The mandate requires creativity on the part of the creature, thus reflecting an element of our image-bearing status. Eckman provides a helpful list in ways that this creativity is manifested:
Rooted in the proposition that God is the Creator and we are His creatures, the following principles provide the basis for thinking and acting biblically when it comes to creativity. Such a foundation, then, enables the Christian to gain an appreciation for and an involvement in the arts.
1. Human creativity derives its value from God’s creativity. In Genesis 1:26–30, after God had finished His creative work, He detailed His creation mandate for humanity. Humans are to subdue and have dominion over His creation.
2. Human creativity manifests God’s image. Bearing God’s image means that we carry His creativity into our human capacity for sensory, intellectual, and emotional delight.
3. Creativity is to be developed in all persons, not just a creative elite. Since all bear His image, all have some dimension of creativity.
4. Creativity extends to all cultural activities, including art, science, work, play, thought, and action. One of the clear teachings of God’s Word is the lordship of Jesus Christ. If He is Lord of all, then that lordship extends to all dimensions of life.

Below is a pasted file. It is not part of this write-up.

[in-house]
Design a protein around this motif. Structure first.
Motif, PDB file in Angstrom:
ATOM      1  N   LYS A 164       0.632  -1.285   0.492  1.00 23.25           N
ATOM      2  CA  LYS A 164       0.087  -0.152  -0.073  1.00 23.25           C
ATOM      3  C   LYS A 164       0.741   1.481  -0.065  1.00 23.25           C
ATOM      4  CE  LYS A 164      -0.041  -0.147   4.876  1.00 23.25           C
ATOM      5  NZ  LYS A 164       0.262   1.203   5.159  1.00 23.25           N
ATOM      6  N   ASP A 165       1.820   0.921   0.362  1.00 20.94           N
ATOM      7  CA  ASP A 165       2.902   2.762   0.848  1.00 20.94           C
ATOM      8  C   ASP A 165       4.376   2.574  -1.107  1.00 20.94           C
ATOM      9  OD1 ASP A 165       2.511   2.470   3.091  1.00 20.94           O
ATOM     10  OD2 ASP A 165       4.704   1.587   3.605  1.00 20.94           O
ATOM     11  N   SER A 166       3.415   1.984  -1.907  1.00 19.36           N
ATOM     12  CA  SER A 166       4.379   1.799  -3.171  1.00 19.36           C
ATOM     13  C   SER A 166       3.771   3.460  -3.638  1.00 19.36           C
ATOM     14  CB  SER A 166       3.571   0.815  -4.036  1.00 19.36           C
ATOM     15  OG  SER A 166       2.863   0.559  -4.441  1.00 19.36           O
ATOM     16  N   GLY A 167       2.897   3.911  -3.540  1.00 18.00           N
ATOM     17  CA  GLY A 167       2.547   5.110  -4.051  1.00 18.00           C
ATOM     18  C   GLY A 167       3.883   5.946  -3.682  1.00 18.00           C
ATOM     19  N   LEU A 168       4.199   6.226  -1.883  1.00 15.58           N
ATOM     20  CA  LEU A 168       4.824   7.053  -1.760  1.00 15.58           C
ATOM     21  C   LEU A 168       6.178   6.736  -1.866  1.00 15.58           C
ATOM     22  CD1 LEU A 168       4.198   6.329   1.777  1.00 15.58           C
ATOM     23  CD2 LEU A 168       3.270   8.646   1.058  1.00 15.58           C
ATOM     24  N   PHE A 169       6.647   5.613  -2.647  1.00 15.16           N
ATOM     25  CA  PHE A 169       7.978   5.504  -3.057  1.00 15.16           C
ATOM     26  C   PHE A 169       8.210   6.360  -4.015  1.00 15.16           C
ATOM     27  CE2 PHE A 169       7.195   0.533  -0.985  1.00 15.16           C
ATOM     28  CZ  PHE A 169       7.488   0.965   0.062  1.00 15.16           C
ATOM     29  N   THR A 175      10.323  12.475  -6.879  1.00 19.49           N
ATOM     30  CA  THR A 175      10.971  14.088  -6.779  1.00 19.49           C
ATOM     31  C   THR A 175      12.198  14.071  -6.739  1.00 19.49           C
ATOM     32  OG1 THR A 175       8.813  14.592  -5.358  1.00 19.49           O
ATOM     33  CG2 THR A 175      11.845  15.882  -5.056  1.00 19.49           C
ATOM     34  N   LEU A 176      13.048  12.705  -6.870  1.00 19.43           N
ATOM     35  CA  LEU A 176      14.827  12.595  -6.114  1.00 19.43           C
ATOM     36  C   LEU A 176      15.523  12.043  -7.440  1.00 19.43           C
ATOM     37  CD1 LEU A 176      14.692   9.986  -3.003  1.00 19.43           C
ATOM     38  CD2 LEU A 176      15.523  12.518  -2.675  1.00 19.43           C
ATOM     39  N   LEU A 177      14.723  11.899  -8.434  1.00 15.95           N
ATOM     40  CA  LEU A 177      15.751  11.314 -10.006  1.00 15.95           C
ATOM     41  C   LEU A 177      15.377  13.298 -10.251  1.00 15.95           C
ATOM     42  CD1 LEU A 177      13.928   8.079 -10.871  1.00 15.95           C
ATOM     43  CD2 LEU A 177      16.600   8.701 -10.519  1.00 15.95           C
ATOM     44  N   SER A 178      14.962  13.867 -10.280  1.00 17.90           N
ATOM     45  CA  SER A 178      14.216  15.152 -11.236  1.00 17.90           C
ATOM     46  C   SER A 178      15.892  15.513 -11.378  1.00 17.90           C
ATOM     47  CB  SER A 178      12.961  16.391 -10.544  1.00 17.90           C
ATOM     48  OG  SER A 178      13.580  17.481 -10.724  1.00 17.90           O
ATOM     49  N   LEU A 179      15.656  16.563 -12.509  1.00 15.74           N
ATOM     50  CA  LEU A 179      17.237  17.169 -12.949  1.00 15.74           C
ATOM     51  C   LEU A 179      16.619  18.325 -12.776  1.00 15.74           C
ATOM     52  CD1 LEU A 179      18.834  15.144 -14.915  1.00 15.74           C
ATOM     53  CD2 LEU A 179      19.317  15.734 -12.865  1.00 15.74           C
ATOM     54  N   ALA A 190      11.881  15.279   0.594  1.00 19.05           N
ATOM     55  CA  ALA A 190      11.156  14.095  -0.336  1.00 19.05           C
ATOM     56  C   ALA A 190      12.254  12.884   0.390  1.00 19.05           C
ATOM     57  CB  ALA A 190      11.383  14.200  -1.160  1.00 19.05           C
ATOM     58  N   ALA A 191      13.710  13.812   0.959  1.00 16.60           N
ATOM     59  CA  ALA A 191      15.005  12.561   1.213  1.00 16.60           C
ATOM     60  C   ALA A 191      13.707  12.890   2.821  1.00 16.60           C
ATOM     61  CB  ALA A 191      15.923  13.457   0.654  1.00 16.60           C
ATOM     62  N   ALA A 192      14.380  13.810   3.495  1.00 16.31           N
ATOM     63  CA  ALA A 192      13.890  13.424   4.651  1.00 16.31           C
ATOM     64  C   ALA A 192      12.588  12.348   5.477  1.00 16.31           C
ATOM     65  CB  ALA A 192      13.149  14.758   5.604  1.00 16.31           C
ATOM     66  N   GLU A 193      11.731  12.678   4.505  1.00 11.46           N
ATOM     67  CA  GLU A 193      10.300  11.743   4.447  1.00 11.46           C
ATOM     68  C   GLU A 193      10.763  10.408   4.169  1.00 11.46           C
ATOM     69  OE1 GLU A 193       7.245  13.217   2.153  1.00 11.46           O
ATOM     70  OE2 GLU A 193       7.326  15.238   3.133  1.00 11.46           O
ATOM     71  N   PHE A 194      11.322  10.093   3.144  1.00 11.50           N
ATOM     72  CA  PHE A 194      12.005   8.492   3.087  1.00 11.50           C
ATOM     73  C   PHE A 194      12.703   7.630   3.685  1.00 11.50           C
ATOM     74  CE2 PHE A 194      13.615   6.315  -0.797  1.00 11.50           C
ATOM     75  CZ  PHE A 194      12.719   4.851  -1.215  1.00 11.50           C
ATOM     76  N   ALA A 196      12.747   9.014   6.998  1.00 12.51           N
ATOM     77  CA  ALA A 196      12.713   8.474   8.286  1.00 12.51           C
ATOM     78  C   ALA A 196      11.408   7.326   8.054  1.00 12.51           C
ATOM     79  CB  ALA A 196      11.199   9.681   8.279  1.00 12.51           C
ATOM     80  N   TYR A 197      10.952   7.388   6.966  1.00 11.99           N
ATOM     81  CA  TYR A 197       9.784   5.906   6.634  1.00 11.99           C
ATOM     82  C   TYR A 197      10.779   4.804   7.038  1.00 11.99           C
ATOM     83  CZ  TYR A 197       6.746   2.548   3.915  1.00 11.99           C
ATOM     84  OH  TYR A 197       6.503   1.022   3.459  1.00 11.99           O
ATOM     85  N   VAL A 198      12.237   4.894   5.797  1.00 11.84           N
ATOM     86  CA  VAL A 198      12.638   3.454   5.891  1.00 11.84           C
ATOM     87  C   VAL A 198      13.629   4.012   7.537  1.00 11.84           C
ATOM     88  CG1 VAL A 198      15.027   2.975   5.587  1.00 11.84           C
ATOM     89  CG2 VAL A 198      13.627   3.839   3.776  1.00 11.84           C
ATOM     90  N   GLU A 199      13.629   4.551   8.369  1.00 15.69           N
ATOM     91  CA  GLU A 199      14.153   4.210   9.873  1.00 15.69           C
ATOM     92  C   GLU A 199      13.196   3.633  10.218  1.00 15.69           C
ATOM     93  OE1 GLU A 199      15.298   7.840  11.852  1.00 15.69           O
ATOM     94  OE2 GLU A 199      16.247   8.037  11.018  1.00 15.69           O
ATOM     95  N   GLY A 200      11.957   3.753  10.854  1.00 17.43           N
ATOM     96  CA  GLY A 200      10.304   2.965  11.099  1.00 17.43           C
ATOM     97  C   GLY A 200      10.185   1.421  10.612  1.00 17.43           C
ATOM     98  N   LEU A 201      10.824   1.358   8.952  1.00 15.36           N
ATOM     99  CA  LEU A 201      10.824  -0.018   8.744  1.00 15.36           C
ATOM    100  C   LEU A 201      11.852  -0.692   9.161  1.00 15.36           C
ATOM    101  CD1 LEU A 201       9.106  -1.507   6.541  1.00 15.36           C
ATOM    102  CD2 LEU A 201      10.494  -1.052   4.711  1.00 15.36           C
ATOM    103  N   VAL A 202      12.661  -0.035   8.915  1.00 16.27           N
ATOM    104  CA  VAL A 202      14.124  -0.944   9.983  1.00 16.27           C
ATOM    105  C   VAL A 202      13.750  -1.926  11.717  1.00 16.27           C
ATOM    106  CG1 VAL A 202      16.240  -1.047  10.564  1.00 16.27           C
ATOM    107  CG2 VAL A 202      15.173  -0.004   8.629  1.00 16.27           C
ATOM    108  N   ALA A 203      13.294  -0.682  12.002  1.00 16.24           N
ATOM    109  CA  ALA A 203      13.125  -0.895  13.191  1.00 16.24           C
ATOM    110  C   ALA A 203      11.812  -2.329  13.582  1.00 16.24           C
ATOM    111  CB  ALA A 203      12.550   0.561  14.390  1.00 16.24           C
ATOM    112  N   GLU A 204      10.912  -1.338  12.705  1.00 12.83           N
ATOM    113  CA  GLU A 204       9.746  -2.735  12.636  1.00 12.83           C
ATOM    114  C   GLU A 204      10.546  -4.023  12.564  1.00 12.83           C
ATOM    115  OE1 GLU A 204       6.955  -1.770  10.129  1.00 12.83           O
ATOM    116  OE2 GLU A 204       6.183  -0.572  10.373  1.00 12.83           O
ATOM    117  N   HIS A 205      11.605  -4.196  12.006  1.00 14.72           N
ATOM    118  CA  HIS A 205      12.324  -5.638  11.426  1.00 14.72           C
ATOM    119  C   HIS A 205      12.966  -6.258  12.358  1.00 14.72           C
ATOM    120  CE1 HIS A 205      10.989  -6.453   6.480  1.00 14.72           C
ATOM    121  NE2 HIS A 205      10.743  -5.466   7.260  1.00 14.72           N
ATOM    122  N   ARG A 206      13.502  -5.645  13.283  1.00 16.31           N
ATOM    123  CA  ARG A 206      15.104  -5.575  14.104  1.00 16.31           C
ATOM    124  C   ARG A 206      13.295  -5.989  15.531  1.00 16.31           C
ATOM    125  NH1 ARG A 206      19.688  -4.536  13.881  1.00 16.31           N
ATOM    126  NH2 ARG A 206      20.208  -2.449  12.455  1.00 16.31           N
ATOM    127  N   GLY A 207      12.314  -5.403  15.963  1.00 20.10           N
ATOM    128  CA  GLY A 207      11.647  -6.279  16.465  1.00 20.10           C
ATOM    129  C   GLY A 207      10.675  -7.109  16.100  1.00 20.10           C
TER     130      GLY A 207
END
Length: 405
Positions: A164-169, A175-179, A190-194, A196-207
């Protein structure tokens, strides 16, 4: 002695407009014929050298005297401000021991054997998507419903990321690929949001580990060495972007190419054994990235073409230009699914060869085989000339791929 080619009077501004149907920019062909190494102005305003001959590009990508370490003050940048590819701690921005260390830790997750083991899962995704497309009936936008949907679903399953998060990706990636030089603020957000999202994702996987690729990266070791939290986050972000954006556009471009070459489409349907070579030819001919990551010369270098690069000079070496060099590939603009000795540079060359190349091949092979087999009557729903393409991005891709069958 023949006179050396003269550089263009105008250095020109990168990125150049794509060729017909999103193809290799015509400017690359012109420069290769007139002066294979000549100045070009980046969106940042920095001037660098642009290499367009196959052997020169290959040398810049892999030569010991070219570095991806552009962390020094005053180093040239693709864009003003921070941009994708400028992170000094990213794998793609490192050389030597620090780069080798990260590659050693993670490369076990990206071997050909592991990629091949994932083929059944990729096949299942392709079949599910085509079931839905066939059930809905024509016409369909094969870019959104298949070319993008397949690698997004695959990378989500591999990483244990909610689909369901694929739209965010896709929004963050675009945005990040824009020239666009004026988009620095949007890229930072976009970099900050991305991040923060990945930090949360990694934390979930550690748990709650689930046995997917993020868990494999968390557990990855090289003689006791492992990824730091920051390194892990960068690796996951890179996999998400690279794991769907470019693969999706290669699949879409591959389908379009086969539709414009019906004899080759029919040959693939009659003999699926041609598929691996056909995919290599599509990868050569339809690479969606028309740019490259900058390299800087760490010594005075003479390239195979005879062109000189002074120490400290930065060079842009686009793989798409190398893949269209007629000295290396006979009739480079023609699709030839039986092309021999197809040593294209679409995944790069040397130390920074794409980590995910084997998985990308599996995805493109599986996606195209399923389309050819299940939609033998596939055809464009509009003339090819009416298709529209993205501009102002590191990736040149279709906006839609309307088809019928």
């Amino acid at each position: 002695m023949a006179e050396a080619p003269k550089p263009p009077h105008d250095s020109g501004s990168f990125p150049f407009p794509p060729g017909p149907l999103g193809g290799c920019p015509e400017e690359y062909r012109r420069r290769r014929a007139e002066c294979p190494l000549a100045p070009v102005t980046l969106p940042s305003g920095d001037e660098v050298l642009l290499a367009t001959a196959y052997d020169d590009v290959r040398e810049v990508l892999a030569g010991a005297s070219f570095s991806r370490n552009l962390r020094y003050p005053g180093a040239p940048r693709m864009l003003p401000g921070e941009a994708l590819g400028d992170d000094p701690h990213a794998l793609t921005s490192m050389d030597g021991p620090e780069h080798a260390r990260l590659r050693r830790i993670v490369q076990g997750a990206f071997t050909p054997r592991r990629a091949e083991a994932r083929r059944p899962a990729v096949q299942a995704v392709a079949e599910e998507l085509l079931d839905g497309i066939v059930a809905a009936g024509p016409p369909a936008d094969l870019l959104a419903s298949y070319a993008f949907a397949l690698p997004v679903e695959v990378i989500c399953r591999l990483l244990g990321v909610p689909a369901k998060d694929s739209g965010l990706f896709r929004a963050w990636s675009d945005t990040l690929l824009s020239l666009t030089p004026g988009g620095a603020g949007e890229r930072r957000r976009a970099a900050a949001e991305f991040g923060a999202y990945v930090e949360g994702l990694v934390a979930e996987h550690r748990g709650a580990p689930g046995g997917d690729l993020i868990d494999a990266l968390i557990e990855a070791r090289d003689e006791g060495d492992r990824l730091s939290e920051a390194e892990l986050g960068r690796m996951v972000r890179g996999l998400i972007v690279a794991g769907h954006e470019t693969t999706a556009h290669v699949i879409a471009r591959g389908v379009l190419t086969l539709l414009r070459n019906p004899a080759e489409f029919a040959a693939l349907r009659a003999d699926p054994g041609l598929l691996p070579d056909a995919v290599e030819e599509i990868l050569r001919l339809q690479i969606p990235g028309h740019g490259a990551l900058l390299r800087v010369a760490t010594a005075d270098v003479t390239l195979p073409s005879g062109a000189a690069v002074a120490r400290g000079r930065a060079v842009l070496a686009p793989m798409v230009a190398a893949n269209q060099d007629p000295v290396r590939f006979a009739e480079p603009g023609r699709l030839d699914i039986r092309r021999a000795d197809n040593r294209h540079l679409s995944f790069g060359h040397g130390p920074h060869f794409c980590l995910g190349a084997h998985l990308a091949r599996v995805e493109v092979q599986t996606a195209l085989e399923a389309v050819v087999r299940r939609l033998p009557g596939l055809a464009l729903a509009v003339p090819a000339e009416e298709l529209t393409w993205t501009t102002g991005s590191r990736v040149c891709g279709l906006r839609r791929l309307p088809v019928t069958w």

5. Human creativity exists for the glory of God. First Corinthians 10:31 makes clear that we are to do all to the glory of God. Each time we exercise our creative potential, we are giving glory to the one who created and gifted us. All praise to Him!
Lastly, returning to Frame, it is important to not view the “great commission” and “cultural mandate” as an either/or but as a both/and, the one fulfilling the other in an intertwined nature:
We should compare the cultural mandate with Jesus’ final command to his disciples in Matthew 28:19–20 (the Great Commission): “Go therefore and make disciples of all nations, baptizing them in the name of the Father and of the Son and of the Holy Spirit, teaching them to observe all that I have commanded you.” We shall discuss the Great Commission further in chapter 19. For now, notice that the two commands have a worldwide focus: both call on God’s people to fill the earth with godly people. The cultural mandate focuses on procreation; the Great Commission, following the fall into sin and Jesus’ great work of redemption, focuses on evangelism. The evangelism here is very broad; not just a simple gospel message intended to save people from hell but a comprehensive message: all that Jesus has commanded us. That is a message that will both save sinners and transform cultures, so that the Great Commission fulfills the cultural mandate.
 Frame, J. M. (2006). Salvation belongs to the Lord: an introduction to systematic theology (pp. 249–250). Phillipsburg, NJ: P&R Publishing.
 Eckman, J. P. (2004). Biblical ethics: choosing right in a world gone wrong (pp. 80–81). Wheaton, IL: Crossway Books.
 Frame, J. M. (2006). Salvation belongs to the Lord: an introduction to systematic theology (p. 98). Phillipsburg, NJ: P&R Publishing.
© 2014, Rick Hogaboam. All rights reserved.